In addition to ensuring no one else has the entity name by checking with the Secretary of State, making sure no one else has licensed the name with local business license bureaus, and making sure you can reserve a domain with your company name, you want to check the federal trademark database.  

Whether you go to all this trouble really depends on the type of company you have and its potential for growth.  If you are Joe’s Mobile Detailing, chances are you’ll stick within

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Trademark Basics

The United States Patent and Trademark Office (USPTO) website is incredibly helpful in educating people about the trademark process.  However, there are some pitfalls not covered by the site that I’ve encountered in helping my clients.  And because I’m all about warning my clients about pitfalls, I am writing this article.    First, you don’t necessarily need to file a formal application for a trademark.  Simply by using the mark in commerce, whether it be a name, a logo design, or both, you get some degree of protection as long as you can prove you were using it first.  You can even use the little “TM” or “SM” next to your logo without having filed a formal registration with the USPTO.  Getting an official trademark from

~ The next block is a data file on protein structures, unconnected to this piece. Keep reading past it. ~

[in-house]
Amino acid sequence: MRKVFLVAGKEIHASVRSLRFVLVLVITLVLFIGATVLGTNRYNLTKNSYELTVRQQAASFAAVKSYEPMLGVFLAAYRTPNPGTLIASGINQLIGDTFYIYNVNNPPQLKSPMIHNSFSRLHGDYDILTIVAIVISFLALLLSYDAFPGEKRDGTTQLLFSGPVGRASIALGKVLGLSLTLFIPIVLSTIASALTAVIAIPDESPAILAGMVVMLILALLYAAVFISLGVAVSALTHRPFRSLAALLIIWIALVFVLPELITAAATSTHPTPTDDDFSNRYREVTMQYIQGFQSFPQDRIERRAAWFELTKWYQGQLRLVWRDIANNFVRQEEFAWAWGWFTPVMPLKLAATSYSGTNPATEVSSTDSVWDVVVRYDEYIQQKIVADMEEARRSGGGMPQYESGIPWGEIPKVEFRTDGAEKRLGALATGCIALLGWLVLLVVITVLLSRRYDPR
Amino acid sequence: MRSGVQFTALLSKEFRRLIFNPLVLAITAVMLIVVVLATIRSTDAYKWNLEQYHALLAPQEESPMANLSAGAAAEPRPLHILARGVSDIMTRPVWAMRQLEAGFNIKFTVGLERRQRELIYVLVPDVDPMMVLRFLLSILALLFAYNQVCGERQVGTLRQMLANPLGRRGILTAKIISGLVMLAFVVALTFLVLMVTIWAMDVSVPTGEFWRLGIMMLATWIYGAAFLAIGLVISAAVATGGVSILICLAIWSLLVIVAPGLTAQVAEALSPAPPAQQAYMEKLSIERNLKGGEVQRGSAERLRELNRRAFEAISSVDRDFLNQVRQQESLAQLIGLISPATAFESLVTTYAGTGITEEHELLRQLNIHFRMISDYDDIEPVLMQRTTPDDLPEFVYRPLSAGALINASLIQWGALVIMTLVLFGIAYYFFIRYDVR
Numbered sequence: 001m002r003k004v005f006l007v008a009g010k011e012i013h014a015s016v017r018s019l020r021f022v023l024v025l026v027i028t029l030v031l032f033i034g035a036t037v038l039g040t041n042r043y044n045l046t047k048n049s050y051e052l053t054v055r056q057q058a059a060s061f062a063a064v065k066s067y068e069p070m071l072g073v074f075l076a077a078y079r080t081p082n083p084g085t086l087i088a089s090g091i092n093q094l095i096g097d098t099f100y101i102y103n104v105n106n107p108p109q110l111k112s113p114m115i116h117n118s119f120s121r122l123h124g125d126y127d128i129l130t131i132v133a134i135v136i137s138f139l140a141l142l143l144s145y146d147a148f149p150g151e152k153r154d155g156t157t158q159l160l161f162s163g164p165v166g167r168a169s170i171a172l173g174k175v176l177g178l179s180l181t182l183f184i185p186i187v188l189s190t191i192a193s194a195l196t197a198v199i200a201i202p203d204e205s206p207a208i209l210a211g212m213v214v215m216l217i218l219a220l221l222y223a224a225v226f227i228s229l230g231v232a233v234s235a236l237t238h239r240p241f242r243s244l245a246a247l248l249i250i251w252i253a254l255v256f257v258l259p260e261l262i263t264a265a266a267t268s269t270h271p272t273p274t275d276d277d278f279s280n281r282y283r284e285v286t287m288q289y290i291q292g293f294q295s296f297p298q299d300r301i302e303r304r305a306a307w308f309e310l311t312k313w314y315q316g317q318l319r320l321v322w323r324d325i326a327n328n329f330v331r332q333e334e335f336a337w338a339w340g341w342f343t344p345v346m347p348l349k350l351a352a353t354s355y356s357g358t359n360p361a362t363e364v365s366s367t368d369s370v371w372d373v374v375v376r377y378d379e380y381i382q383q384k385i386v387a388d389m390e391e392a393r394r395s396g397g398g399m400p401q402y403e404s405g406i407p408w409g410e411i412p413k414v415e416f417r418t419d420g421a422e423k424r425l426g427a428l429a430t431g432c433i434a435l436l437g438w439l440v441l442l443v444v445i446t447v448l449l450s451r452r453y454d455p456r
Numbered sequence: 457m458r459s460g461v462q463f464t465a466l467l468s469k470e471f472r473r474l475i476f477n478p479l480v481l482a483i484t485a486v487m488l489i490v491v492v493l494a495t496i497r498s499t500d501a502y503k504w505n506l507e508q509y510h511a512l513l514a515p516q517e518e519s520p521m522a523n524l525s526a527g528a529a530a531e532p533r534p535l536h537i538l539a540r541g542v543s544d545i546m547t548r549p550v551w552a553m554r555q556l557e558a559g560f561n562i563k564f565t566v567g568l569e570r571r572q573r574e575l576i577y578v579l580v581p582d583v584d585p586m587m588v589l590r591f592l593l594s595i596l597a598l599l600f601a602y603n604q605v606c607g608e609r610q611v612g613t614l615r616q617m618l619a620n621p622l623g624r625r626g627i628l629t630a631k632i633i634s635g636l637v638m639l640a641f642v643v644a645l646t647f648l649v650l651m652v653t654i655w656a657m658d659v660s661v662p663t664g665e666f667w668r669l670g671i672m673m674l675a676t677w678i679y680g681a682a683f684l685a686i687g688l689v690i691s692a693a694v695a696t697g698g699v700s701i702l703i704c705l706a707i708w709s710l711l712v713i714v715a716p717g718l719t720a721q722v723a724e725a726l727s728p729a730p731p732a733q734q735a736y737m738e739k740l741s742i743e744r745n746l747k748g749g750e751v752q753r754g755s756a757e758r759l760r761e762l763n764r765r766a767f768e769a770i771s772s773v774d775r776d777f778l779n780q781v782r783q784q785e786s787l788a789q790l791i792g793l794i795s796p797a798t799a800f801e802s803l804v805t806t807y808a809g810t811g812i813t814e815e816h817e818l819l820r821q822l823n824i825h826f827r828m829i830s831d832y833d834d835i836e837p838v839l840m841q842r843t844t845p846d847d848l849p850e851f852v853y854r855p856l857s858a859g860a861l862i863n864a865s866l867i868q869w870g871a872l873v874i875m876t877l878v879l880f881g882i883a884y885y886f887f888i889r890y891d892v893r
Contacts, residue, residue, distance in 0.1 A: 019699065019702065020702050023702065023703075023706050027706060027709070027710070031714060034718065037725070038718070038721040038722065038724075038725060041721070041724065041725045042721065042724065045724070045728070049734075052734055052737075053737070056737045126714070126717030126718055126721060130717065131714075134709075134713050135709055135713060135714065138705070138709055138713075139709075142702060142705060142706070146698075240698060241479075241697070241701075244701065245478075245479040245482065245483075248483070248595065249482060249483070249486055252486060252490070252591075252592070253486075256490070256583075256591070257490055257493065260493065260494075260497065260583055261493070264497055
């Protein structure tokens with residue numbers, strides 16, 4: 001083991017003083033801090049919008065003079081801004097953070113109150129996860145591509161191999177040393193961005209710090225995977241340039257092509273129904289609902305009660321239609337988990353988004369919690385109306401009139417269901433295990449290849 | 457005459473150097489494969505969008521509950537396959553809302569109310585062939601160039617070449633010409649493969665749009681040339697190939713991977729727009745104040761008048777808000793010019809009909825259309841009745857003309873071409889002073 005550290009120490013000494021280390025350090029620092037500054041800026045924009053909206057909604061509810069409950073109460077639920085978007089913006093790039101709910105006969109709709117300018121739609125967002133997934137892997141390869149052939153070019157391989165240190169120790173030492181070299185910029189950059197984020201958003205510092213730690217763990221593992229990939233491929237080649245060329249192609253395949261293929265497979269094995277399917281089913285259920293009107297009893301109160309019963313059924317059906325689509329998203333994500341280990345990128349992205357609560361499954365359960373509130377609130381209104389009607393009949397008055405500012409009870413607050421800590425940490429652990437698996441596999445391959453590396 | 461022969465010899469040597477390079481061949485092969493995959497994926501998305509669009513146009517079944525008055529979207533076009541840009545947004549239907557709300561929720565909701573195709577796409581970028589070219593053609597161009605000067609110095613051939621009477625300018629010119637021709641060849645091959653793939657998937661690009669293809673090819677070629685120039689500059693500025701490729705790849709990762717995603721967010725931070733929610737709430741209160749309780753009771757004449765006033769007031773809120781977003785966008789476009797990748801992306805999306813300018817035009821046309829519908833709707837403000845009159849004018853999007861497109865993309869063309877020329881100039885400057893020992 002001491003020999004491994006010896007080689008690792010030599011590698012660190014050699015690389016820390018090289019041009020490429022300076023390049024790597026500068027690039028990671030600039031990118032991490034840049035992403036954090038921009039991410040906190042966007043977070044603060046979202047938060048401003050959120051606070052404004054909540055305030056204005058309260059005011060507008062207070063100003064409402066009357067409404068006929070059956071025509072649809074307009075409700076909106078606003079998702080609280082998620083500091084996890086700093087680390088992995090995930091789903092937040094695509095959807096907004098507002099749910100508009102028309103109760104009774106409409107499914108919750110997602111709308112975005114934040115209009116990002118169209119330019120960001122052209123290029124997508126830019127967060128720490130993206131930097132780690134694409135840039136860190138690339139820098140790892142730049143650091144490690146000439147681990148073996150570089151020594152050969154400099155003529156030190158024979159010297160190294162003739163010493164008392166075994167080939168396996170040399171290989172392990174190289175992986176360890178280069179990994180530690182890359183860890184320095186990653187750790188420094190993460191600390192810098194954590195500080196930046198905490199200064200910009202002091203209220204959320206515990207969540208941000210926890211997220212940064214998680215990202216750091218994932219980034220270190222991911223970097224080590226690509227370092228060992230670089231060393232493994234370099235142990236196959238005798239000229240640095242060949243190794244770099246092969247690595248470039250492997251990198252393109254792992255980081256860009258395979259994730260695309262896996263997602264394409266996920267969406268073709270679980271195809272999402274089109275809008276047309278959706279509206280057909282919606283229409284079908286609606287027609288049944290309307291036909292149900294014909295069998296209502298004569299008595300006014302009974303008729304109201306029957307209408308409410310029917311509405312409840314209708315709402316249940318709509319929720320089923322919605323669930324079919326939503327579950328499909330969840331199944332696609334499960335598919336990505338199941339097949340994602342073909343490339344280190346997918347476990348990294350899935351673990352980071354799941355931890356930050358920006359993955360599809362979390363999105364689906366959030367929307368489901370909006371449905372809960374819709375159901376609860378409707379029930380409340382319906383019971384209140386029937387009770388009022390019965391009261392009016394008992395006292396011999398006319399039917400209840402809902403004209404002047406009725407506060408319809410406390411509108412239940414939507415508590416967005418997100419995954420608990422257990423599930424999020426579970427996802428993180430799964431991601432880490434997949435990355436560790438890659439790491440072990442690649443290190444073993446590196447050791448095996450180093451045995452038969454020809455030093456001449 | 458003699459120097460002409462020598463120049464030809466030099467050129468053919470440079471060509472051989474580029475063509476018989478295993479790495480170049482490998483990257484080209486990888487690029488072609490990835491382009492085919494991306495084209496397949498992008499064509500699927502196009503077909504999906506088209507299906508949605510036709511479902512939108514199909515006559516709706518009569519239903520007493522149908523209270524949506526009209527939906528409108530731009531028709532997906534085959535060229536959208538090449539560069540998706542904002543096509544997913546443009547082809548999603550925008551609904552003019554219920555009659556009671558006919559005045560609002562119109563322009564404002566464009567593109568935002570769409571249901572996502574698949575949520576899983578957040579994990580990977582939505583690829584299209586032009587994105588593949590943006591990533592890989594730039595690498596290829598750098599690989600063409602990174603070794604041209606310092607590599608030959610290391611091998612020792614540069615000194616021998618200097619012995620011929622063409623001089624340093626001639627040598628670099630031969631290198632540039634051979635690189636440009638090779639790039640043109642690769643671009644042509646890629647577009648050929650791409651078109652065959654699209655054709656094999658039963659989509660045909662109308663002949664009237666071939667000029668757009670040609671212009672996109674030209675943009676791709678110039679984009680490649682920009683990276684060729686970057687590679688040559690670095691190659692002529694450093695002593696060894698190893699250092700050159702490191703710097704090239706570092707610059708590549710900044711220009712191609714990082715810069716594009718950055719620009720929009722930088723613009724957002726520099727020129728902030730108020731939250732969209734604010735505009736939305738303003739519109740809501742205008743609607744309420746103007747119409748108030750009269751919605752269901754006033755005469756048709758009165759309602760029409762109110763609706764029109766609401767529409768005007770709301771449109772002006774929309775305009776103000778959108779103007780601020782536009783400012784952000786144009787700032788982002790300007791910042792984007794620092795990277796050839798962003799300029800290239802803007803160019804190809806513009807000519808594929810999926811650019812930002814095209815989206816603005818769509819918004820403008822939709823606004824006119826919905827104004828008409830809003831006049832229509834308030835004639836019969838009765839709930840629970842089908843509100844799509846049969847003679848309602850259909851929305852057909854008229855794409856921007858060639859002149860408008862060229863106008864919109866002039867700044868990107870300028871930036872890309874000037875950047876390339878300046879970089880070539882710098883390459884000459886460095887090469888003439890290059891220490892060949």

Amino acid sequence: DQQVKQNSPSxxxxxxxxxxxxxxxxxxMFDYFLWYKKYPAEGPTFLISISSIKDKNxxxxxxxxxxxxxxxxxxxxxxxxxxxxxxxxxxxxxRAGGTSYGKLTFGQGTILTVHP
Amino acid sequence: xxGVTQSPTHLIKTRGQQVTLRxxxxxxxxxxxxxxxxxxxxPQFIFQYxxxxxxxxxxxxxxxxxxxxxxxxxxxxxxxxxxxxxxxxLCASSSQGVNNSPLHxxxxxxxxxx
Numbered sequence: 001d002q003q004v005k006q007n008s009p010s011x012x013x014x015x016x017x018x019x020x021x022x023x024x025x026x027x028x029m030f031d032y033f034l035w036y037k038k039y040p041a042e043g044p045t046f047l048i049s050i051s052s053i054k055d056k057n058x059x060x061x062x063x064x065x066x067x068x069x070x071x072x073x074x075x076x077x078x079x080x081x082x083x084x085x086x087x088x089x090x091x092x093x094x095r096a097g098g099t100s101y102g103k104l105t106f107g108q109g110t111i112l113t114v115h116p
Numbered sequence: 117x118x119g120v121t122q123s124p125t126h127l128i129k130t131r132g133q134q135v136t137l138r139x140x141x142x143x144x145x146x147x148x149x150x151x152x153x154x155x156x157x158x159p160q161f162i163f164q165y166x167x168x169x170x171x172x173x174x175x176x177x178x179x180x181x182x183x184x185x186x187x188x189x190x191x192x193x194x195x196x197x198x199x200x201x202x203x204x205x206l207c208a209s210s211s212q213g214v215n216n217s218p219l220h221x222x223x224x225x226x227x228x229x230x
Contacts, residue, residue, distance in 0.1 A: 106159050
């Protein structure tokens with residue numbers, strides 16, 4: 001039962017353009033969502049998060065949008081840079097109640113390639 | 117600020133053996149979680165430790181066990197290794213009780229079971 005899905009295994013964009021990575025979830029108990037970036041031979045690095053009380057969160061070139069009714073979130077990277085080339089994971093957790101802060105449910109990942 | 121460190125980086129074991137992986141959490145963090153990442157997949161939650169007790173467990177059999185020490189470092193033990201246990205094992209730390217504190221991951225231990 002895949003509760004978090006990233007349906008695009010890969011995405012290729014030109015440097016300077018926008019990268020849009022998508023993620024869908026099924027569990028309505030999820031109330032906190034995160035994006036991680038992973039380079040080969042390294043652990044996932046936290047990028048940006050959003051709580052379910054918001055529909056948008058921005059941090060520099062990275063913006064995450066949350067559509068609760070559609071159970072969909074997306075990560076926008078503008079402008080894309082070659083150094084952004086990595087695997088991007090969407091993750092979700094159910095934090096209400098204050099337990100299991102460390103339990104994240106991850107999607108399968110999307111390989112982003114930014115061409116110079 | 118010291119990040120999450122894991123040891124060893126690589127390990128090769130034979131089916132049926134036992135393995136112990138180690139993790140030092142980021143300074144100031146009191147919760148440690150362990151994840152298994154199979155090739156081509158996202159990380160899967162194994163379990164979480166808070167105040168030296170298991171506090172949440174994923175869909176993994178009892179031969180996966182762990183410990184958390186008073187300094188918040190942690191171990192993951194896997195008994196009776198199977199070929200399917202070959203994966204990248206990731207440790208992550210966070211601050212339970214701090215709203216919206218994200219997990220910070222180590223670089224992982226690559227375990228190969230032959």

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Leaving a Business

I just got a call from someone who wants to resign from his company, leaving his partner behind. He was surprised to learn there is far more to this process than simply filing the resignation paperwork with the Secretary of State.

First, is there an operating agreement (for an LLC) or a shareholder agreement (for a corporation)? If so, that document should dictate how one owner can terminate his or her interest in the business. A good owner’s agreement will also spell out a formula for calculating how much money the remaining partner must pay the leaving partner for his interest in the business.

Even if the leaving partner doesn’t want any money and just wants out, chances are he is tied to the business in more ways